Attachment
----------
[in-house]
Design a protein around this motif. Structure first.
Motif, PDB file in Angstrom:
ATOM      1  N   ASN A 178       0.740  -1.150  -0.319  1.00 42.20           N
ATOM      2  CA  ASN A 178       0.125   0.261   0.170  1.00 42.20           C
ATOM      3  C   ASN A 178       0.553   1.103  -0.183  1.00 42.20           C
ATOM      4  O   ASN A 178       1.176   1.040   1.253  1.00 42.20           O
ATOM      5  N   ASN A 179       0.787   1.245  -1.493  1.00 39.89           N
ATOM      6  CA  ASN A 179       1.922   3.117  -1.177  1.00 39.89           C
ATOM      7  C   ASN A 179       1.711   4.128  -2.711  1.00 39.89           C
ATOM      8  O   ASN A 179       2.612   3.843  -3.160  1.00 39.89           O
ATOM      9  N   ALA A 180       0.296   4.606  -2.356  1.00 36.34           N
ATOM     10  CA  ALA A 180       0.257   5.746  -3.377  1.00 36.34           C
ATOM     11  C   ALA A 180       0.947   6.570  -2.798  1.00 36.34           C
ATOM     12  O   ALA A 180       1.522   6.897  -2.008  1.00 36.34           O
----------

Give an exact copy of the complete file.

[in-house]
Design a protein around this motif. Structure first.
Motif, PDB file in Angstrom:
ATOM      1  N   ASN A 178       0.740  -1.150  -0.319  1.00 42.20           N
ATOM      2  CA  ASN A 178       0.125   0.261   0.170  1.00 42.20           C
ATOM      3  C   ASN A 178       0.553   1.103  -0.183  1.00 42.20           C
ATOM      4  O   ASN A 178       1.176   1.040   1.253  1.00 42.20           O
ATOM      5  N   ASN A 179       0.787   1.245  -1.493  1.00 39.89           N
ATOM      6  CA  ASN A 179       1.922   3.117  -1.177  1.00 39.89           C
ATOM      7  C   ASN A 179       1.711   4.128  -2.711  1.00 39.89           C
ATOM      8  O   ASN A 179       2.612   3.843  -3.160  1.00 39.89           O
ATOM      9  N   ALA A 180       0.296   4.606  -2.356  1.00 36.34           N
ATOM     10  CA  ALA A 180       0.257   5.746  -3.377  1.00 36.34           C
ATOM     11  C   ALA A 180       0.947   6.570  -2.798  1.00 36.34           C
ATOM     12  O   ALA A 180       1.522   6.897  -2.008  1.00 36.34           O